By James Kalb, ISI Books, 317 pages.
James Kalb, an American Catholic lawyer, closely examines the new, feminist-liberal paternalism under which most Western countries, including Canada, have fallen. This movement has created a bureaucratic mindset that empowers the state against the family. Procedure firmly pushes people to act in certain ways, as in accepting many forms of sexuality that were once considered aberrant and sinful.
Education is used to form secular, even anti-Christian mindsets. It guides people towards hyper-individualism and a romantic view of careers, leaving traditional family and community behind.
A case in point is the changing notion of rights, which were originally seen as a limitation of the government's power over the individual. Rights limited power. The police could not arbitrarily throw someone in jail. Then liberals interpreted rights in a way that expanded the power of individuals: “I have the right to do what I want with my body.”
The problem here is that the rights of 1 person could clash with a second person (such as the unborn) or with the community (through a dramatic drop in the birth-rate). The left tries to solve such contradictions through interest group politics, where governments use bureaucratic control such as Canada's notorious Human Rights Tribunals to empower itself against a freely-acting person.
Repeatedly, Kalb explains how this bureaucratic intrusion into our daily lives goes against the normal flow of human and communal interactions: “Terms such as 'zero tolerance,' and 'political correctness' reveal how an official outlook deeply at odds with normal ways of thinking has become oppressive while claiming to have reached an unprecedented level of fairness and rationality.”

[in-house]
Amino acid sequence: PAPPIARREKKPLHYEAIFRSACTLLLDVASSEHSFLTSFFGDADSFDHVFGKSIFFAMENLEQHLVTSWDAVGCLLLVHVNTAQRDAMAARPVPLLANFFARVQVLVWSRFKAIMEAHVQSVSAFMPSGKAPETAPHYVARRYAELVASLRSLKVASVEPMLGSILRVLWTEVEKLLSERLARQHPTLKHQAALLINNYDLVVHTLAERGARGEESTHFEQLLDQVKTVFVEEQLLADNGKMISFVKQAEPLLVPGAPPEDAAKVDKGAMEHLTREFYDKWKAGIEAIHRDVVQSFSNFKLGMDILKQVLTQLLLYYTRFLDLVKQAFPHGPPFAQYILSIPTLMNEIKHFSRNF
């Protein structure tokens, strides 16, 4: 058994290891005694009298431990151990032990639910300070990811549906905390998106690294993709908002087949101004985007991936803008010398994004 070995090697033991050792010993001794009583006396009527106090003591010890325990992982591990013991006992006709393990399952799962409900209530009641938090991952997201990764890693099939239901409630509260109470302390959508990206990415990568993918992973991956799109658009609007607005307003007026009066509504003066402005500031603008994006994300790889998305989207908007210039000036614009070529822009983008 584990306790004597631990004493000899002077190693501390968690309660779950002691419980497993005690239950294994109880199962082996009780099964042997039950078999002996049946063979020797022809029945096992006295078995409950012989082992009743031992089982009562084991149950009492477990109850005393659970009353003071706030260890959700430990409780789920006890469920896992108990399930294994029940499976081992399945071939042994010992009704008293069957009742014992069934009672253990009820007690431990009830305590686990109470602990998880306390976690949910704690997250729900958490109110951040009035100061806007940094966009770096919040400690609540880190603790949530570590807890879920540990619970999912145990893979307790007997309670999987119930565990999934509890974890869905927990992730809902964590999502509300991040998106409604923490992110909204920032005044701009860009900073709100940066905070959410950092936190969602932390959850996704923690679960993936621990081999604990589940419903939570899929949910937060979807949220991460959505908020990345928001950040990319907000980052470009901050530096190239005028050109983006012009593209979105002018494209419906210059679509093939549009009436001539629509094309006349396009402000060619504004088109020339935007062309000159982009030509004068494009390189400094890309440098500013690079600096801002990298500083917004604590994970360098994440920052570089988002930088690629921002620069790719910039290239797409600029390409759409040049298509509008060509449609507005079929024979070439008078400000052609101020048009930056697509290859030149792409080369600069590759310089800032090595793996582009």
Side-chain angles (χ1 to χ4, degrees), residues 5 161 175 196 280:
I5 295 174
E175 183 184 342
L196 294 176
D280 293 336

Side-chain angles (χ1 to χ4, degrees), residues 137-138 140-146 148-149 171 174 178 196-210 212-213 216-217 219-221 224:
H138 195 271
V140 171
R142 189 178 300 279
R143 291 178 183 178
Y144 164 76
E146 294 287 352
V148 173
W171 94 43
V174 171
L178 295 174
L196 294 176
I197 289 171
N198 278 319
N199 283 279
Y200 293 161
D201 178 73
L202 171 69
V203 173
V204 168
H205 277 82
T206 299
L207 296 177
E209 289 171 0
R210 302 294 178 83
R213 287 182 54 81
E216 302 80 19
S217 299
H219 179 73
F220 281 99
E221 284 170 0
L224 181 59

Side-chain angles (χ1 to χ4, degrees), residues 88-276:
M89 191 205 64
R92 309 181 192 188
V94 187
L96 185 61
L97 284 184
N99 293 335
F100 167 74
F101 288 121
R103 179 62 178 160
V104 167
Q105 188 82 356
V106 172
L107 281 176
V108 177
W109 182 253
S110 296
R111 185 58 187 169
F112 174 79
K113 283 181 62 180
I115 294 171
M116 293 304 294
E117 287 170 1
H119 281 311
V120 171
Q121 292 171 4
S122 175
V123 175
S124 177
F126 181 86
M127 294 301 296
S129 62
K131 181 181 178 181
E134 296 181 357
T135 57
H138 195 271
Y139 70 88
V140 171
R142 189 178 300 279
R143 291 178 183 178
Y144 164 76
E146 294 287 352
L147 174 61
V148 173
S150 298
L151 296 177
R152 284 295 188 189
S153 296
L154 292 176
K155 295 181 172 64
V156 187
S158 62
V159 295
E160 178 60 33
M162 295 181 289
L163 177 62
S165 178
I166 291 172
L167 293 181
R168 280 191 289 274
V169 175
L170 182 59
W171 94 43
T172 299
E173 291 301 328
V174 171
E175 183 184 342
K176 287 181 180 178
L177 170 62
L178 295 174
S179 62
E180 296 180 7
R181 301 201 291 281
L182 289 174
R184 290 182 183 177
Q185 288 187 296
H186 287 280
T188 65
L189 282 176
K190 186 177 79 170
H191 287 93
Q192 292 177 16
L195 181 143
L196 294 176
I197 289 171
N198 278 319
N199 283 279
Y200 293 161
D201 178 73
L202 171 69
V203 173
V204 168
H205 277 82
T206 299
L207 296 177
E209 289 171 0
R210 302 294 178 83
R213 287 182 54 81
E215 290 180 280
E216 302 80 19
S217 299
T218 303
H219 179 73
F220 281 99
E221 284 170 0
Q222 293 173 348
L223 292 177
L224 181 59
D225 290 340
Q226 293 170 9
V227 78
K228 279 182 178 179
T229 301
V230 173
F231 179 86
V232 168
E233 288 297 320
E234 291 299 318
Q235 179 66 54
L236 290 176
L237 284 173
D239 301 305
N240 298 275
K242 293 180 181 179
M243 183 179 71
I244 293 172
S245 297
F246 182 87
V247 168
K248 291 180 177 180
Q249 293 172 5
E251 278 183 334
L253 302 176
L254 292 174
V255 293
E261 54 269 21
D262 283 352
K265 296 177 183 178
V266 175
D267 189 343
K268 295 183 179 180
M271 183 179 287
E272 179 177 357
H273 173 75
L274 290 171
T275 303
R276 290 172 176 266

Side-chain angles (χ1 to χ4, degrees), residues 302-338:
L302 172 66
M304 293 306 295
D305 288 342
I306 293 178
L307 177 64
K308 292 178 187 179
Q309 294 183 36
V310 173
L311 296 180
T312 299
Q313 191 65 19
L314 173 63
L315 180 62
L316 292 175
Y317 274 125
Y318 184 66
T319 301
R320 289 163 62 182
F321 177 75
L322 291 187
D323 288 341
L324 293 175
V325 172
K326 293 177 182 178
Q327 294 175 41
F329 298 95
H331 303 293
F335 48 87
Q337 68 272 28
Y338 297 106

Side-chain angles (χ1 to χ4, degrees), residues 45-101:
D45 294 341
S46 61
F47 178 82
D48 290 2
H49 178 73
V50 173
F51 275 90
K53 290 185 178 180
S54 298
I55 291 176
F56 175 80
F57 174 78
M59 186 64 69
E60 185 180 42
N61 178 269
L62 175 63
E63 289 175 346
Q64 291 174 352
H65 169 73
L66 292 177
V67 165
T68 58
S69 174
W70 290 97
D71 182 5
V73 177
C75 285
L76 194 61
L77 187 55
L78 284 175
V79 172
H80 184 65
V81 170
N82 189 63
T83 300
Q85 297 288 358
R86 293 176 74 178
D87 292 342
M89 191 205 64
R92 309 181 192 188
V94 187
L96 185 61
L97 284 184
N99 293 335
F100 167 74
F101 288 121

The left has decided that through interest group and entitlement politics it will use the notion of rights to actually empower the government against the individual, thus upending the very notion of rights. With this new power, the state has taken the place of the family, as Kalb writes, in “a wholly abstract and radically depersonalized order that abolishes connections and distinctions by which humans have always lived in favor of more formal ones such as wealth, education, and bureaucratic position.”
Kalb identifies the hypocrisy of such thinking. The very people who claim to be inaugurating this new society in the hopes of an egalitarian, free society, are simply setting up their own hierarchies and restrictions. Their state and corporate hierarchies are no less democratic, and it is not clear that meritocracies, much less sexual confusion, flimsy drug laws, and anti-family attitudes, are good for people and community.
Our market-oriented, bureaucratic society believes that the utilitarian principle is the best ideal by which to live – to give the most things to the most people in the most efficient way possible. This mindset allows for the abortion of millions of unborn as well as the horrendous conditions of factories around the world, as people in the first world frantically pursue careers, vacations, and new cars; in other words, as they frantically climb their way up the new hierarchy.
This is where Kalb's Catholicism comes in handy. He asks again and again if there is anything more to life than spiritless consumerism and careerism. The Tyranny of Liberalism calls for a return to traditional values, but even more, the author warns that to be human is to search for meaning. Ideally, it is the very nature of Catholics and Catholic societies to spend a great deal of time thinking about the meaning of life.